You could use np.lexsort:
Perform an indirect sort using a sequence of keys.
Given multiple sorting keys, which can be interpreted as columns in a
spreadsheet, lexsort returns an array of integer indices that
describes the sort order by multiple columns.
In : data = np.matrix(np.arange(10)[::-1].reshape(-1,2))
In : data
In : temp = data.view(np.ndarray)
In : np.lexsort((temp[:, 1], ))
Out: array([4, 3, 2, 1, 0])
In : temp[np.lexsort((temp[:, 1], ))]
Note if you pass more than one key to
np.lexsort, the last key is the primary key. The next to last key is the second key, and so on.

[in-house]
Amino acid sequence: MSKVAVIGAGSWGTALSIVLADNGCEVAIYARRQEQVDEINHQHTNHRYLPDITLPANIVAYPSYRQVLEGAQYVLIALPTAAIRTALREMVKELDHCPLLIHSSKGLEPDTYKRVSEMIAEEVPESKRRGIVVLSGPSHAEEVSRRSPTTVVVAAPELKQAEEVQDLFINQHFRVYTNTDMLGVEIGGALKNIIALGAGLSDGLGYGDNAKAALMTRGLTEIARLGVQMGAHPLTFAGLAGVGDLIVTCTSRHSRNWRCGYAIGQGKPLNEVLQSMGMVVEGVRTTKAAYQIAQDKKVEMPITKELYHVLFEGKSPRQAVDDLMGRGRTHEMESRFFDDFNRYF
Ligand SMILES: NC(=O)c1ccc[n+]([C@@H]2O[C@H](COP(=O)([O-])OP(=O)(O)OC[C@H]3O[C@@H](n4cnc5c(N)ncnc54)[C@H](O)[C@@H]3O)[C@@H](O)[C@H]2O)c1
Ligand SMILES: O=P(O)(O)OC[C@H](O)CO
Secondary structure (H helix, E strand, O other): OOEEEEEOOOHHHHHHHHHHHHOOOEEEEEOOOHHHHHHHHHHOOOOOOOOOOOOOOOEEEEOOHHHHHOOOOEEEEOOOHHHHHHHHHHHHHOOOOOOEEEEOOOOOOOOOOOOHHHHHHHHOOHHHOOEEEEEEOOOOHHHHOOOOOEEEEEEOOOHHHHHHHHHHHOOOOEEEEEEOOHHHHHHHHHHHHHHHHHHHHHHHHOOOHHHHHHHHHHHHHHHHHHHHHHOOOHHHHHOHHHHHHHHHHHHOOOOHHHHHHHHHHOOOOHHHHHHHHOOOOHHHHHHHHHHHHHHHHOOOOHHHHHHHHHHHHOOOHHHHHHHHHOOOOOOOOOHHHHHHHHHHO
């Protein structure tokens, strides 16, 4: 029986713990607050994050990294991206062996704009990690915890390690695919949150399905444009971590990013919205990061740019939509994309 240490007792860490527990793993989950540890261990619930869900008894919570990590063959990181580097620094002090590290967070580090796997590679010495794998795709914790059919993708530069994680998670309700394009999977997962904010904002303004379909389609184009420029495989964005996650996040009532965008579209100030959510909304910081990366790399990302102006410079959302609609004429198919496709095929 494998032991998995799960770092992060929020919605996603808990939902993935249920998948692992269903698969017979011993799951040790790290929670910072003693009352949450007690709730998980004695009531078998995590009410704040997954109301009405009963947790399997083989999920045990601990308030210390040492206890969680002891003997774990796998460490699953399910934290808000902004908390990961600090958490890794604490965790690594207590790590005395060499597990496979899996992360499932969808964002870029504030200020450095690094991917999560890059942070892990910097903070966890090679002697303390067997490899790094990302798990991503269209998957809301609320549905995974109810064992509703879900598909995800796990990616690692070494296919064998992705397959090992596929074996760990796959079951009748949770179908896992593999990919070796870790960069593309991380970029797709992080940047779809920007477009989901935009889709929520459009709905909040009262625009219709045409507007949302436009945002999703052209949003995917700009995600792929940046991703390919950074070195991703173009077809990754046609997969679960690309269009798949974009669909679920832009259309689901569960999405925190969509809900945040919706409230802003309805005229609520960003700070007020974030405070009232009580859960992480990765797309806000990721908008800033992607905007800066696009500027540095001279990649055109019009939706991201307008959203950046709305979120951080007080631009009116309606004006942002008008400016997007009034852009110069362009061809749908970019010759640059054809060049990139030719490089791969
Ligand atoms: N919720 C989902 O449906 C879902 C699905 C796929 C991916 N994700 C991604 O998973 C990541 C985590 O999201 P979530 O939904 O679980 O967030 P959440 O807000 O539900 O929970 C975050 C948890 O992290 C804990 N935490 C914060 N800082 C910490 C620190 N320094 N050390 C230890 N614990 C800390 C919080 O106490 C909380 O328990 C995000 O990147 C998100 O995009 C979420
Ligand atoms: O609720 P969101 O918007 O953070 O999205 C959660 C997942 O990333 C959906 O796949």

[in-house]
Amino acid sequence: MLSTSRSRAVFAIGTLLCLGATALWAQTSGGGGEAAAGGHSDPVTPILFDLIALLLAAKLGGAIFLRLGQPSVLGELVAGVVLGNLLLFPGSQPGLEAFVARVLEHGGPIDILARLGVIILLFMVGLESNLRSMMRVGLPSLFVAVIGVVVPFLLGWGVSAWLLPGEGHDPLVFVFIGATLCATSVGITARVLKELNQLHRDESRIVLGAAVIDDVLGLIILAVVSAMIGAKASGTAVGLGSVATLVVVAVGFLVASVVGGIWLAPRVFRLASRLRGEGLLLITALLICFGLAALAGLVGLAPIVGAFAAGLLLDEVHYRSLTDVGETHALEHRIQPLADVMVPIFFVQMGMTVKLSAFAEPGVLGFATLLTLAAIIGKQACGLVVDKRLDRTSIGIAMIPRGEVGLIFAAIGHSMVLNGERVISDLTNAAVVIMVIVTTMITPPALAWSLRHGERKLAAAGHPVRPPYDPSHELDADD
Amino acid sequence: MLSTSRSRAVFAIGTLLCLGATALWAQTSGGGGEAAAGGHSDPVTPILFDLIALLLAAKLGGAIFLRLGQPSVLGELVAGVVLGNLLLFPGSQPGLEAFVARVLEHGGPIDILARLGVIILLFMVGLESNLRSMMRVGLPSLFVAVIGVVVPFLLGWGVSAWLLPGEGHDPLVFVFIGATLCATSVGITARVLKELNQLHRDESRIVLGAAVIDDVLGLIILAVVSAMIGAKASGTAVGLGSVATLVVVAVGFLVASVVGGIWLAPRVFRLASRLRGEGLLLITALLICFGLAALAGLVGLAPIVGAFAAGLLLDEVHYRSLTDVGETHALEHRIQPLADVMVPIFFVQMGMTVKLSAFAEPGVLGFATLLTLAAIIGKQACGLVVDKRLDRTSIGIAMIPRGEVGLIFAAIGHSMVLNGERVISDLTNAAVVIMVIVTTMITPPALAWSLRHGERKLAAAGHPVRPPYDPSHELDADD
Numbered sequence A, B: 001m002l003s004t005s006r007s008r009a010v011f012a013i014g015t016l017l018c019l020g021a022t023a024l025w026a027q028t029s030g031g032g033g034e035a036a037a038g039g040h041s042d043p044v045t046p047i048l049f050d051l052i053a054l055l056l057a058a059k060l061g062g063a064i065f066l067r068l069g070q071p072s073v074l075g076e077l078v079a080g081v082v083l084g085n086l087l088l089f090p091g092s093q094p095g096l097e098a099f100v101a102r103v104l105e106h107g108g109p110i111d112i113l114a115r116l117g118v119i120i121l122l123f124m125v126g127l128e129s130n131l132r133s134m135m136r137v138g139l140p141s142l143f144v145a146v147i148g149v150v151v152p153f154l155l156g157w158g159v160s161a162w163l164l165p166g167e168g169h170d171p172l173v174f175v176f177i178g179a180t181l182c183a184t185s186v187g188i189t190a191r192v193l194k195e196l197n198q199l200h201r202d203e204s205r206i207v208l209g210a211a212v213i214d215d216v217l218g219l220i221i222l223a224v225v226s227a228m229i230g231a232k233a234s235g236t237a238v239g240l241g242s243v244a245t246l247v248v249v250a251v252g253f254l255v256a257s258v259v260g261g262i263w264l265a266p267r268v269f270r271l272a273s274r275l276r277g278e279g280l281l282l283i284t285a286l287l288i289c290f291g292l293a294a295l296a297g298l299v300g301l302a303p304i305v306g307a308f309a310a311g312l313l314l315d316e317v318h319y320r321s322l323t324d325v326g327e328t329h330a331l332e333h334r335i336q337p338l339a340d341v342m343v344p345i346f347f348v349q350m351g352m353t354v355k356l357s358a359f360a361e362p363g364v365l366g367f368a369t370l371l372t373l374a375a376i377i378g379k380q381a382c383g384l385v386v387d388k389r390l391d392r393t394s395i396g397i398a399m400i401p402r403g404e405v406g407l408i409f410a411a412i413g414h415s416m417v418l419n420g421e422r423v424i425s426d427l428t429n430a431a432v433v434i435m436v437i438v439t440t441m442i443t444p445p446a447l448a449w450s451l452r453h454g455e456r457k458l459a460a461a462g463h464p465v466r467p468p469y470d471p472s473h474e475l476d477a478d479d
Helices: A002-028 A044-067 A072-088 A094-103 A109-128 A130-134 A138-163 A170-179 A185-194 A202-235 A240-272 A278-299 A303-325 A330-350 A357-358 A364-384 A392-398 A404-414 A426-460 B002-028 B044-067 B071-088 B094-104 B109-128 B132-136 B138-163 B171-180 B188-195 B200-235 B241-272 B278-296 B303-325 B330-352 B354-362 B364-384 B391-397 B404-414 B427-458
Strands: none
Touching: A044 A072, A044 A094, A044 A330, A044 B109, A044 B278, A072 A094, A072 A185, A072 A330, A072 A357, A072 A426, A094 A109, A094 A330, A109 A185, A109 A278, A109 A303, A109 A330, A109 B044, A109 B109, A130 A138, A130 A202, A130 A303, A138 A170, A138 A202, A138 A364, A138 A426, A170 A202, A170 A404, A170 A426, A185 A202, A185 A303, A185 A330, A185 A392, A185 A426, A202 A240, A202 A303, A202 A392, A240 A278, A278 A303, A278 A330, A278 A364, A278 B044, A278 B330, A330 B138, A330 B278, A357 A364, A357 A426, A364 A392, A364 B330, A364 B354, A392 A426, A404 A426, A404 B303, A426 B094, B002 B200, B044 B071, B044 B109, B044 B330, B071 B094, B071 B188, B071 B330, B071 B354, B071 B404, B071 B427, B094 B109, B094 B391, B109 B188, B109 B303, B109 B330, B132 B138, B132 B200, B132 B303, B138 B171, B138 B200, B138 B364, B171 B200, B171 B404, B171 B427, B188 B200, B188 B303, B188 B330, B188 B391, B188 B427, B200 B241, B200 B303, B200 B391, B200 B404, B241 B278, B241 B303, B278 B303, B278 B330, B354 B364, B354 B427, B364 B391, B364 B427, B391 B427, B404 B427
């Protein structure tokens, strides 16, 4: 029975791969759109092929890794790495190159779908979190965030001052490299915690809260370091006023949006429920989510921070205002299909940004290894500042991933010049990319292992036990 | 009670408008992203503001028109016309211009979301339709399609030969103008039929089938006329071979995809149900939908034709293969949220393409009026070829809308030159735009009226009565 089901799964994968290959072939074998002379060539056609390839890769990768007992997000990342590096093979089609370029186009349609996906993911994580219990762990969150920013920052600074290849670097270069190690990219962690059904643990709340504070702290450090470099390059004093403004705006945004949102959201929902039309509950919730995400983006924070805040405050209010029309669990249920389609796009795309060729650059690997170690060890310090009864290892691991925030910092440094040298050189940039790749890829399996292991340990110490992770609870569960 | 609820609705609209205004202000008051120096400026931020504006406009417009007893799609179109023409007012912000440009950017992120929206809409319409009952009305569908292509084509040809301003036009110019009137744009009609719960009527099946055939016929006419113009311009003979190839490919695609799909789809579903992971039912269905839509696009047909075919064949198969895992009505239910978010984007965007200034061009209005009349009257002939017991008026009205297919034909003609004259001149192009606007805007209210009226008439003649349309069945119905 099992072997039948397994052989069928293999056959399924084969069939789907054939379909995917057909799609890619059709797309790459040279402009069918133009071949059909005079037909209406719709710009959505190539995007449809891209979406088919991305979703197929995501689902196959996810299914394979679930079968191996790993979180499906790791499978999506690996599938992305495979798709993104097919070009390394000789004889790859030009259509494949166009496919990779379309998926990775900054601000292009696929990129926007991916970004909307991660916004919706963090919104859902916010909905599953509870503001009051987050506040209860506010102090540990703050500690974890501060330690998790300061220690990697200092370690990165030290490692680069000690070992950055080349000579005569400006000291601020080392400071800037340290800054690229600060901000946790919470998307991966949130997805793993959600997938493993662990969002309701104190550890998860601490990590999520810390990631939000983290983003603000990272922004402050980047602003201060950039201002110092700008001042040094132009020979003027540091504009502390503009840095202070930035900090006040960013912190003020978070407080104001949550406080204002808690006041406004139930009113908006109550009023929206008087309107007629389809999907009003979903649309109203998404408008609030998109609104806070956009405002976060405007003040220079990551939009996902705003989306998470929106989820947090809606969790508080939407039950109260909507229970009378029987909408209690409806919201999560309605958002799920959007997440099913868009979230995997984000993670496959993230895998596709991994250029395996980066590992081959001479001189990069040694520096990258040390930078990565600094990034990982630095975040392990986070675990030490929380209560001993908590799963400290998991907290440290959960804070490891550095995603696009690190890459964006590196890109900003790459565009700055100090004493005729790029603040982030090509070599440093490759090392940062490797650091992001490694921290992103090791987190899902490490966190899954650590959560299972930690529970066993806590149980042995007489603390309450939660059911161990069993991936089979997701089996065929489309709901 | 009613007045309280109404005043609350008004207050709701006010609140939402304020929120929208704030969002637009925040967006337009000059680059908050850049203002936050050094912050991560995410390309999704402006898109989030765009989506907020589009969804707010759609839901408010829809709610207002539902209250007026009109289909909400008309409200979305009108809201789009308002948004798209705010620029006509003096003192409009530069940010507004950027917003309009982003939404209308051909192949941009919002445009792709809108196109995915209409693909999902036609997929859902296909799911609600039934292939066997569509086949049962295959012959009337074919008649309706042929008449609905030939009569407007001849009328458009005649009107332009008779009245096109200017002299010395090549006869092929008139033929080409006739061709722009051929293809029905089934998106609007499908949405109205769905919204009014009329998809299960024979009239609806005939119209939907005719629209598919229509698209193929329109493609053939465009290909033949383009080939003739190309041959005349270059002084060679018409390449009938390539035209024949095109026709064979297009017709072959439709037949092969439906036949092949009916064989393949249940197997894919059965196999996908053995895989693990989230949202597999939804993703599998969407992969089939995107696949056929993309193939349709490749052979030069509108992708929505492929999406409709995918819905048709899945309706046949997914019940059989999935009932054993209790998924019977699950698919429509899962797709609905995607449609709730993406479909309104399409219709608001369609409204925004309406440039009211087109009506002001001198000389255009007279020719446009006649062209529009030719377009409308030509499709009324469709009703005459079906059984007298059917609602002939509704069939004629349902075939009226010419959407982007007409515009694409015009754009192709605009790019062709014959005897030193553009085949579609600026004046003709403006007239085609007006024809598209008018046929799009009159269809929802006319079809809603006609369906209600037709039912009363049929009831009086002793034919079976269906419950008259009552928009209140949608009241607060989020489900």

np.lexsort as I show above requires the use of a temporary array because
np.lexsort does not work on numpy matrices. Since
temp = data.view(np.ndarray) creates a view, rather than a copy of
data, it does not require much extra memory. However,
temp[np.lexsort((temp[:, 1], ))]
is a new array, which does require more memory.
There is also a way to sort by columns in-place. The idea is to view the array as a structured array with two columns. Unlike plain ndarrays, structured arrays have a
sort method which allows you to specify columns as keys:
In : data.dtype
In : temp2 = data.ravel().view('int32, int32')
In : temp2.sort(order = ['f1', 'f0'])
Notice that since
temp2 is a view of
data, it does not require allocating new memory and copying the array. Also, sorting
data at the same time:
In : data